Scottish champion Rangers was forced to seek bankruptcy protection on Tuesday after a financial meltdown, triggering a 10-point deduction for the 140-year-old club and effectively handing the title to Celtic.
Rangers became the most prominent European club to go into financial administration after a long-running dispute with the tax authorities came to a head, and is now 14 points behind its fierce Glasgow rival because of the automatic deduction by the league.
"It has been a very disappointing and black day," manager Ally McCoist said. "Going into administration obviously wasn't ideal but it's the opinion of many people that it might be the best thing for this football club."
Rangers is not only the most successful club in Scottish football, but its 54 domestic titles are a world record.
UEFA has been warning about the perils of rampant overspending in football, revealing last month that the combined debt of leading European sides exceeded 8 billion ($10.5 billion).
Rangers was forced into administration over tax debts of 9 million pounds ($14 million) accrued in the nine months of Craig Whyte's ownership. But the Ibrox outfit is also awaiting the verdict of a tax tribunal over long-standing contested liabilities of up to 75 million pounds ($117 million).
The Scottish Football Association described Rangers being plunged into administration as a "dire situation" that reflected badly on the country.
"This is a profoundly sad chapter in the history of Scottish football," SFA chief executive Stewart Regan said. "We should not underestimate the potential ramifications for the image of the game as a whole."
Rangers is now being run by financial advisers Duff and Phelps, whose task as administrators is "to ensure the ongoing survival of the business."
"We fully recognize the great history of this club and what it means to people throughout the world," joint administrator Paul Clark said. "Whilst today is a sad day for Rangers, it also addresses the terrible uncertainty that has been hanging over the club."
The takeover by Whyte last May appeared to be Rangers' first step toward financial recovery, as he pledged to pay off debts of 18 million pounds ($28.4 million) left over from the tenure of former majority shareholder David Murray.
However, Whyte has been unable to solve the club's financial problems and tax authorities are demanding the settling of unpaid taxes "over a period of several years dating back to 2001." Whyte said the tax authorities could demand 75 million pounds ($117 million).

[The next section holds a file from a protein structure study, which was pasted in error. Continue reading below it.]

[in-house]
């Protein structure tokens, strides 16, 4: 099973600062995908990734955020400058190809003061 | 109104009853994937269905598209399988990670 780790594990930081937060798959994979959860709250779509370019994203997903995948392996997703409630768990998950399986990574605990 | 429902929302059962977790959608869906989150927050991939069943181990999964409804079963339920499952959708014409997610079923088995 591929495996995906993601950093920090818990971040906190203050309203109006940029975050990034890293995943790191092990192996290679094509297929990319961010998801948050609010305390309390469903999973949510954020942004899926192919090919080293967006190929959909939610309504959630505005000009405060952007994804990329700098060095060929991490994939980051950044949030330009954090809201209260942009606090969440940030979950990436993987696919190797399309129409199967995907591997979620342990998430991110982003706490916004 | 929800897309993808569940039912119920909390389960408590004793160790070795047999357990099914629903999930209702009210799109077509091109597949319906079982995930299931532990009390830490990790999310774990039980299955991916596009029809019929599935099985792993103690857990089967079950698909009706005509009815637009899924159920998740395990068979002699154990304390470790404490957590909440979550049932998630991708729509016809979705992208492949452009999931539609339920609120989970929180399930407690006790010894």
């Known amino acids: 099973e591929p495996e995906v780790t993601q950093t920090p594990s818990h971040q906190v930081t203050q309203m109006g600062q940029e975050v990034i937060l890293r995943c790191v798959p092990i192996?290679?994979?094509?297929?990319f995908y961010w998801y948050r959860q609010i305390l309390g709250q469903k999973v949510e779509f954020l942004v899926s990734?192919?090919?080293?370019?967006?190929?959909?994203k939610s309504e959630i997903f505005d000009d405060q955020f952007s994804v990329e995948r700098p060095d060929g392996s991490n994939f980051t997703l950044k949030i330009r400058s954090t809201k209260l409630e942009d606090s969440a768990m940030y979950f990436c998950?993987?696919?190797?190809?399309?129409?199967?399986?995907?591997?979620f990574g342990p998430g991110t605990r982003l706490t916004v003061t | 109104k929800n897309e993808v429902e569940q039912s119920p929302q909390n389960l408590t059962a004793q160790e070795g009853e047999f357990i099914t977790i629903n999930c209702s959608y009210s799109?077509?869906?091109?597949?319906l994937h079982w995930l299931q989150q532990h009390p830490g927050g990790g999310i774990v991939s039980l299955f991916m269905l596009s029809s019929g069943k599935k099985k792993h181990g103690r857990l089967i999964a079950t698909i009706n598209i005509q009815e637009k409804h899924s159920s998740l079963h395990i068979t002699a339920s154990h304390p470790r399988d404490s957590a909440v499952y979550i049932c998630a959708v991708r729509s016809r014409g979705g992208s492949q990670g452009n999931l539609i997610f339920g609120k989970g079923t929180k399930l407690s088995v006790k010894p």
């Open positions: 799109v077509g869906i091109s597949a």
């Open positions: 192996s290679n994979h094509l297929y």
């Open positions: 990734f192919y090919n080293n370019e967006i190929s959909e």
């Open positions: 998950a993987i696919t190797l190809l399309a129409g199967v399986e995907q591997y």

"Due to its cost structure, the club has been loss-making for many months," Whyte said. "This situation has resulted in increasing liabilities and the club has been in discussion with (HM Revenue & Customs) regarding these liabilities.
"These liabilities combined with the threat of the outcome of the first tier tax tribunal left the club no option but to formally restructure its financial affairs ... it remains our firm belief that the club's future can be secured and we hope this period of administration will be as short as possible."
Rangers, which was formed in 1873, won the now-defunct European Cup Winners' Cup in 1972 and lost to Zenit St. Petersburg in the final of the UEFA Cup - the forerunner to the Europa League - in 2008. The team has also won 33 Scottish Cups and 27 Scottish League Cups.
The team's upcoming games seemed unlikely to be affected, however, after the administrators pledged to continue paying salaries and security costs.
"I can assure all Rangers supporters that all aspects of the administration will be carried out with the interests of the club firmly in mind," Clark said. "As a first step, the administration team will ensure that Saturday's match at Ibrox (against Kilmarnock) will proceed as planned and all other routine club business will continue."
Rangers had been four points behind in the Scottish Premier League standings. The 10-point penalty will leave the club in second place with 51 points, still nine ahead of third-place Motherwell.